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Message: Opening of the Homecoming of “The Spectre of Comparison”

May 23, 2019

Message of Senator Loren Legarda
Opening of the Homecoming of
“The Spectre of Comparison”
23 May 2019 | Museum of Contemporary Art and Design

 

Who is the Filipino?

 

This is a question that many of us have asked at one point in our life. The Filipino identity, even after more than a century of independence, is something that is not easily grasped.

 

Tonight, we ask this question once more as we welcome home The Spectre of Comparison, the exhibit that proudly represented the Philippines in its participation at the Venice Art Biennale in 2017.

 

This exhibition questions the processes with which our identity as a nation has been formed, our curious condition as an archipelago of varied languages and ethnicities brought together by this modern construct; that these processes occurred in the context of hundreds of years of colonialism and occupation is not insignificant. The Spectre of Comparison ensures it is impossible for us to comprehend who we are without the painful hauntings of our history.

 

Curated by Joselina “Yeyey” Cruz, the exhibition features Filipino artists Lani Maestro and Manuel Ocampo, who both have lived and practised outside of the Philippines, but have maintained active engagement with the country throughout their careers.

 

The artists’ practice and their subject matters are deeply involved with their experiences as immigrants or citizens of a new diaspora that also reflect the complexity of a contemporary Philippine identity.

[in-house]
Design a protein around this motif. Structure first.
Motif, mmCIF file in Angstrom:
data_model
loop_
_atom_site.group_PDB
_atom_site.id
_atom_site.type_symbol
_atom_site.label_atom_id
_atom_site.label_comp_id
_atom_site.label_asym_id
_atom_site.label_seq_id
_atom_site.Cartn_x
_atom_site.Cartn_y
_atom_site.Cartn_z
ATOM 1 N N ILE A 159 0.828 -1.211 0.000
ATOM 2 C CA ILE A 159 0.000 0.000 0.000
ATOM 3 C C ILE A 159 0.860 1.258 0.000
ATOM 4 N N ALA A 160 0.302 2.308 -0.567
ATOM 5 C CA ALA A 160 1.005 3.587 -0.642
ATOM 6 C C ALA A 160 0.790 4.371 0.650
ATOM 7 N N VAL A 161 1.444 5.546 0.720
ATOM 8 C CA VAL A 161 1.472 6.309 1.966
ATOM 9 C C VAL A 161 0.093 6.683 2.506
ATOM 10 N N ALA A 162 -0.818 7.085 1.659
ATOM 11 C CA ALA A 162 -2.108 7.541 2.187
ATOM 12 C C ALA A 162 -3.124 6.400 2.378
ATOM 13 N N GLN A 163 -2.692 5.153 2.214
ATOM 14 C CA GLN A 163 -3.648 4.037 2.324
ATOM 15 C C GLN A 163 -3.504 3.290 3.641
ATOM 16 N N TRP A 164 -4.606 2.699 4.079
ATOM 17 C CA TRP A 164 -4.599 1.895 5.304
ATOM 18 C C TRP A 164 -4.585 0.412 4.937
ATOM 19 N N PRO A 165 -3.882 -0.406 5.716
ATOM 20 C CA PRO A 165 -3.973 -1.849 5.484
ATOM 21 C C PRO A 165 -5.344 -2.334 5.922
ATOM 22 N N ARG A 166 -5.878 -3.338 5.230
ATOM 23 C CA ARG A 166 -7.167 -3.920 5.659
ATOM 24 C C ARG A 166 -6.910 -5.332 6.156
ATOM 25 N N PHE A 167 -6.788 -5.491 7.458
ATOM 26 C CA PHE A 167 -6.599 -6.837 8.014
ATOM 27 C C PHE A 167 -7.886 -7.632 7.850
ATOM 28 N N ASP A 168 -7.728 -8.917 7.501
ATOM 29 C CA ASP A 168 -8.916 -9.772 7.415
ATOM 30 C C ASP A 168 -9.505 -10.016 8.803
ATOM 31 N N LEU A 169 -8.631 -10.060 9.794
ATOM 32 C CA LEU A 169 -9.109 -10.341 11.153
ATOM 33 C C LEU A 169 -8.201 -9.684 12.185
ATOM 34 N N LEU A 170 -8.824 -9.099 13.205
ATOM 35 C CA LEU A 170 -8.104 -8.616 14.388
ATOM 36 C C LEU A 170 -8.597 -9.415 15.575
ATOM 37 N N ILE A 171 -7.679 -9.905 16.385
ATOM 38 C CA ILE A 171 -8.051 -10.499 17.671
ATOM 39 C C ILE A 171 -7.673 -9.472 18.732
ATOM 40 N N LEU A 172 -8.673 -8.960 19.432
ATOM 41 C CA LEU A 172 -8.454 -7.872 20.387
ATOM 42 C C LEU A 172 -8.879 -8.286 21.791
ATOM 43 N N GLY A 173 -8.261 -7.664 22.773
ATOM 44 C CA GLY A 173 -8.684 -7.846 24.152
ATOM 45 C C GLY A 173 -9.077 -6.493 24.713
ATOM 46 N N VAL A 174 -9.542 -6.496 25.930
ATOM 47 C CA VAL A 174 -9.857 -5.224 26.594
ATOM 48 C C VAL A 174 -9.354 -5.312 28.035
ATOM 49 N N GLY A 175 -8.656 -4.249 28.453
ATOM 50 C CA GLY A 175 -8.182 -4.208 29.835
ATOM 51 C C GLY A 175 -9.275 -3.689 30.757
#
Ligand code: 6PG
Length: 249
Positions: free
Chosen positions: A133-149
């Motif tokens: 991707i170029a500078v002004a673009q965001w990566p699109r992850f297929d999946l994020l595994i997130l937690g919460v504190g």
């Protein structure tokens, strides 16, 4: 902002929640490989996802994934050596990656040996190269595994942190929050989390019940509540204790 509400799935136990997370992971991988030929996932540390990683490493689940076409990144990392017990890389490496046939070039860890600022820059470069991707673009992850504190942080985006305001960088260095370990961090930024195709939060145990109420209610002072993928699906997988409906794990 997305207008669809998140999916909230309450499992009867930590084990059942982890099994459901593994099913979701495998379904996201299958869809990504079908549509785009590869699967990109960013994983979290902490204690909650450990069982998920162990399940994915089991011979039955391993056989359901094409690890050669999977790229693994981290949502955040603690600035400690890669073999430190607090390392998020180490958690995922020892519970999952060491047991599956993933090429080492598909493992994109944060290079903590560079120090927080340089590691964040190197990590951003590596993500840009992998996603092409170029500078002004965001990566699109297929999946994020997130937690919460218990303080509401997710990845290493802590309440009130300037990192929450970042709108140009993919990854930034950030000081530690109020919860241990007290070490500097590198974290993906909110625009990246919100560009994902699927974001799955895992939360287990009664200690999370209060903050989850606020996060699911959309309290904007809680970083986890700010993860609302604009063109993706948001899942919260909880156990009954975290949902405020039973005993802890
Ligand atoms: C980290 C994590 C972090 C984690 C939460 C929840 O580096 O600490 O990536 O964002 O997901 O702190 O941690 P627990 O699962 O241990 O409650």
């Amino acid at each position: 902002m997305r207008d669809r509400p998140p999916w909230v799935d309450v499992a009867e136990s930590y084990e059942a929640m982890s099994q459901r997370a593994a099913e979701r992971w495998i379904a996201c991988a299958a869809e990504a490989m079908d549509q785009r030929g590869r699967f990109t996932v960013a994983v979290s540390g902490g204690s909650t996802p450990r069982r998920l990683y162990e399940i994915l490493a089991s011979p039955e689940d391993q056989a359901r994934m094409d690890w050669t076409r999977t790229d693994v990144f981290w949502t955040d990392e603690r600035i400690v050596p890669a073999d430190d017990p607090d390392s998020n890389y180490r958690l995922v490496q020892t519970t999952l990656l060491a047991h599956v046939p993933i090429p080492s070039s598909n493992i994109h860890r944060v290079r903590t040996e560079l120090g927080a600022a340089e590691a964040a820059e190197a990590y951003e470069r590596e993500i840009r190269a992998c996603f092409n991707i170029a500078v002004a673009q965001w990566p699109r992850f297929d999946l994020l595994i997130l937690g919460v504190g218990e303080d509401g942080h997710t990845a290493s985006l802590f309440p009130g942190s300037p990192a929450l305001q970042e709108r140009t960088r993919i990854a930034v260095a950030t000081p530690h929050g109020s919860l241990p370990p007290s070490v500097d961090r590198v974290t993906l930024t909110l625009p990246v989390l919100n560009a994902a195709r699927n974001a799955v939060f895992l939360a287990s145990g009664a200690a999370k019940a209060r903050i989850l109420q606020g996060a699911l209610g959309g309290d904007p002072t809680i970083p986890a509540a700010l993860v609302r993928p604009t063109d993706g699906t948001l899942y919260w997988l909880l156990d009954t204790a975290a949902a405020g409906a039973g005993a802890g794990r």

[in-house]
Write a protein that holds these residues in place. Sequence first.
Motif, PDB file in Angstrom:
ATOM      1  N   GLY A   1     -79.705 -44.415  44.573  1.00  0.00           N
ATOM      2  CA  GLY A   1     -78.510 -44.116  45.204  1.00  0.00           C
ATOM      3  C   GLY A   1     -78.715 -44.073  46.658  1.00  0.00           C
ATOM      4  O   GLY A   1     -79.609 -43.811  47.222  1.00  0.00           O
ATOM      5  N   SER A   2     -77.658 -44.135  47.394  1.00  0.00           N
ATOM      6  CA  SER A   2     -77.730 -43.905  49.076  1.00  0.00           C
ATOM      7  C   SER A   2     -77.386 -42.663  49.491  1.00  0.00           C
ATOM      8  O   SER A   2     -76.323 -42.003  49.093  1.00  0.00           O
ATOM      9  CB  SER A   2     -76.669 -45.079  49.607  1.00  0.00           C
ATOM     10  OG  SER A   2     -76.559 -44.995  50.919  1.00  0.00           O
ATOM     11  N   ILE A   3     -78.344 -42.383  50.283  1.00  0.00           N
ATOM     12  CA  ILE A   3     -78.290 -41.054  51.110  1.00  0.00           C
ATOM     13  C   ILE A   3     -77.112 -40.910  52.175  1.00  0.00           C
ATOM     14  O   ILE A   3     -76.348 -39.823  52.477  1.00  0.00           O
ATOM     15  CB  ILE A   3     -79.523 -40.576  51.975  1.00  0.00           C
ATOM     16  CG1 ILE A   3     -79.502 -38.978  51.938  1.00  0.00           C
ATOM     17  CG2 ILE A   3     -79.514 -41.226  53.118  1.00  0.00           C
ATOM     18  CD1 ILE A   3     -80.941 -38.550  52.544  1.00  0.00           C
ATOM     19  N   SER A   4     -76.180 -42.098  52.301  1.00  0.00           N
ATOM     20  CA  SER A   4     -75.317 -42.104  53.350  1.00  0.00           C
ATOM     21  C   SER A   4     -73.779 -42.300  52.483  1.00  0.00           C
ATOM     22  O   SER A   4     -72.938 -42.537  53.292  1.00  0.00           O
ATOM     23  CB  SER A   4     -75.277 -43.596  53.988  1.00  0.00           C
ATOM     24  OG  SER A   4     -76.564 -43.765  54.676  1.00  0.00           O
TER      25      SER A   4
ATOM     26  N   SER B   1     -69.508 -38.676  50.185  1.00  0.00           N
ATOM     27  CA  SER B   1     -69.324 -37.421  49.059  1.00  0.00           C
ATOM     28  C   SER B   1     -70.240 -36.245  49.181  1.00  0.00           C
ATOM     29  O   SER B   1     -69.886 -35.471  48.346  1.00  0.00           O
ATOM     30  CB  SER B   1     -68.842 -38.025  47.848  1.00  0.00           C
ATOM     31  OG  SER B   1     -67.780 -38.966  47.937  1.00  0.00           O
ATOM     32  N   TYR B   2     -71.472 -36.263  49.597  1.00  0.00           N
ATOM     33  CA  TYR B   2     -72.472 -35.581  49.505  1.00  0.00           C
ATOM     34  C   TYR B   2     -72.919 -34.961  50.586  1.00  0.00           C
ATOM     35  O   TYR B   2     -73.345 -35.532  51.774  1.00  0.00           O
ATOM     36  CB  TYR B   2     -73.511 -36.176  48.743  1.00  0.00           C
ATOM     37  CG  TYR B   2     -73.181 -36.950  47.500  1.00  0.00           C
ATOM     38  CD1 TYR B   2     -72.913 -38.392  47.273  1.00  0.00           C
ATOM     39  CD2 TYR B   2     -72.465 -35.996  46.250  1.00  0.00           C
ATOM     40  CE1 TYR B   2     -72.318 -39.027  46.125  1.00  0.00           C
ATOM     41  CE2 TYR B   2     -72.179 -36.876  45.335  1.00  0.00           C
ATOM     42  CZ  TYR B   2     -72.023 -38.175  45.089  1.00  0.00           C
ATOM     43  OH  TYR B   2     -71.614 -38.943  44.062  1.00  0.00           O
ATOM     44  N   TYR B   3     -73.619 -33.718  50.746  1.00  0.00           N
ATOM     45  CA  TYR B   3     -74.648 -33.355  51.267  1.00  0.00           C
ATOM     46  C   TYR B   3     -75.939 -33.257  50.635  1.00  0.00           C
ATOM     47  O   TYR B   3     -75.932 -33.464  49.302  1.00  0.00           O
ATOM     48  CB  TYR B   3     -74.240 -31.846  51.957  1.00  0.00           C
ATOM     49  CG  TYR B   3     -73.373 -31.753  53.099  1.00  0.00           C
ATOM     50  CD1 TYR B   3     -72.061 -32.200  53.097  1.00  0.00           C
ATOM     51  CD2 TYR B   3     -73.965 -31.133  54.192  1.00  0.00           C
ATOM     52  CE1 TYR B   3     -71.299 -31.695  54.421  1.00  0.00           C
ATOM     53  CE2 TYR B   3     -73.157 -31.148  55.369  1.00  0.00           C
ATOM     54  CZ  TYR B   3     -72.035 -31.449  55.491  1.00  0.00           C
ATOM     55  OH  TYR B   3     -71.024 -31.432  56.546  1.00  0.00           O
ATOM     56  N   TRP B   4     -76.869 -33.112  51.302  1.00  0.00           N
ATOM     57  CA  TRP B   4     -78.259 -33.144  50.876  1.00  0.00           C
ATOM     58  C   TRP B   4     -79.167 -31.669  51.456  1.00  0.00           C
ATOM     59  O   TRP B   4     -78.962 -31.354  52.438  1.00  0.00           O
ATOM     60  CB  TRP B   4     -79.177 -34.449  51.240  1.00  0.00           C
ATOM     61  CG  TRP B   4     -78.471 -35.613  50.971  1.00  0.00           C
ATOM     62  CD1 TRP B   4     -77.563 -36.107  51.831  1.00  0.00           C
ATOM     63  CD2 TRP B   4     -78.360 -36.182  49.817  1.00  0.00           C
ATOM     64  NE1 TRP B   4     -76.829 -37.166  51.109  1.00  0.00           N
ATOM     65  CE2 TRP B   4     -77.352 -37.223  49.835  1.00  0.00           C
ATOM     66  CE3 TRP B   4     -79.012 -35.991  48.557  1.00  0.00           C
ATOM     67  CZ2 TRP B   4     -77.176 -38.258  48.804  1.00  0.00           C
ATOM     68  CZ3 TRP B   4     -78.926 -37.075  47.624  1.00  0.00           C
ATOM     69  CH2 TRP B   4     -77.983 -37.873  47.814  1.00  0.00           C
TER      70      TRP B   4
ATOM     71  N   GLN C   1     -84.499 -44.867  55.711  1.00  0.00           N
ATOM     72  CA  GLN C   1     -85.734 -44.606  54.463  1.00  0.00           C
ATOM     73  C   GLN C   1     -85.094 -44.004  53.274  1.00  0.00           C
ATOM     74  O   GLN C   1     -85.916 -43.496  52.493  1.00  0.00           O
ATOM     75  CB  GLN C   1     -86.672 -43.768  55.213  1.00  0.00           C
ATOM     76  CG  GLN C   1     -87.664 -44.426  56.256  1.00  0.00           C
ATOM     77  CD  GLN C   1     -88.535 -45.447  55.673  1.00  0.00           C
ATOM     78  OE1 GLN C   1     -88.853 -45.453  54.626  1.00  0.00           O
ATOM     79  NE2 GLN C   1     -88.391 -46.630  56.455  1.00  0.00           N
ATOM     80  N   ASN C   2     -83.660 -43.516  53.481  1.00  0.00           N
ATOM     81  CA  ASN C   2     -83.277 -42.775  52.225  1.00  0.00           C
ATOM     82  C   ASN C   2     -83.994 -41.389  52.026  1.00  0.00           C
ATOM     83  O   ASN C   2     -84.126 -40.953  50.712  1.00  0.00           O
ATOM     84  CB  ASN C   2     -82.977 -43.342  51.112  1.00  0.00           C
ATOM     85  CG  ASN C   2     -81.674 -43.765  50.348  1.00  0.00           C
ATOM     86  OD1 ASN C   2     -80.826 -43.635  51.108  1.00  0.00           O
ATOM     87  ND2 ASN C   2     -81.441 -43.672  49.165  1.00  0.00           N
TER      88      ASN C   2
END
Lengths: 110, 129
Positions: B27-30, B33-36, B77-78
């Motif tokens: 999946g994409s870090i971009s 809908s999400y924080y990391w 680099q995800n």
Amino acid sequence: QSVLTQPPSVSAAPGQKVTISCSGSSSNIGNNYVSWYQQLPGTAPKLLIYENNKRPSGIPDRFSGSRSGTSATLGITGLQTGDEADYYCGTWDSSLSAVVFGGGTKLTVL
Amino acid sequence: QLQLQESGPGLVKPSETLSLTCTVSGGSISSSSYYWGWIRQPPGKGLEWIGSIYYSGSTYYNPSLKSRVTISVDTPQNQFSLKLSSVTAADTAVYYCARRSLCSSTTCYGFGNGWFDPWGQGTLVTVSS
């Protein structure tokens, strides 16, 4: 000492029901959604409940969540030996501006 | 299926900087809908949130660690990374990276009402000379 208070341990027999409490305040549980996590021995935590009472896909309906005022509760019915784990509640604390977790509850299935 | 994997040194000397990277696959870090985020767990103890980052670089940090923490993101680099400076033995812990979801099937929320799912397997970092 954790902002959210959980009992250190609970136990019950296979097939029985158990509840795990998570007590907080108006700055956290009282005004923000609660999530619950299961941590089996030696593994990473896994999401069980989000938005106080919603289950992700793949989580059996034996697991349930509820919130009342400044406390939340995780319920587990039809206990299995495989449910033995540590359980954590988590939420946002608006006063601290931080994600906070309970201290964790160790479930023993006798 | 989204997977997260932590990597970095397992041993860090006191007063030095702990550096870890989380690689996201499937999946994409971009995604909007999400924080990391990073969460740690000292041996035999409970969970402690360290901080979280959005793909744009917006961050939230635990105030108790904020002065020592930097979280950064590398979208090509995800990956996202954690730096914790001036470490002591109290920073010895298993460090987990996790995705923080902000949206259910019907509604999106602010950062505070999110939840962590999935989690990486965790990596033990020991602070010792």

In The Spectre of Comparison, we are once again brought back to the past through Jose Rizal whose Noli Me Tángere character, Crisostomo Ibarra, is the inspiration for the exhibition. It looks at the two artists as emblematic of the experience of Rizal’s spectre of comparisons.

 

The power of art to widen the imagination and sphere of possibilities for human life cannot be underestimated. The anxieties and doubts that ensue when questions of identity arise can be explored and understood, even if not resolved, through art. Thus, I invite everyone to allow themselves to be immersed in this exhibition.

 

As we welcome home The Spectre of Comparison, we hope to continue nurturing appreciation of art among Filipinos.

 

I thank you all for joining us tonight. Congratulations to the team behind The Spectre of Comparison: Yeyey Cruz, Lani Maestro, Manuel Ocampo, and the Museum of Contemporary Art and Design (MCAD); and thank you to the National Commission for Culture and the Arts (NCCA), the Department of Foreign Affairs (DFA), and Philippine Arts in Venice Biennale (PAVB) Coordinating Committee for helping me realize my vision for Philippine art through our participation in the Venice Biennale.

 

Thank you and good evening.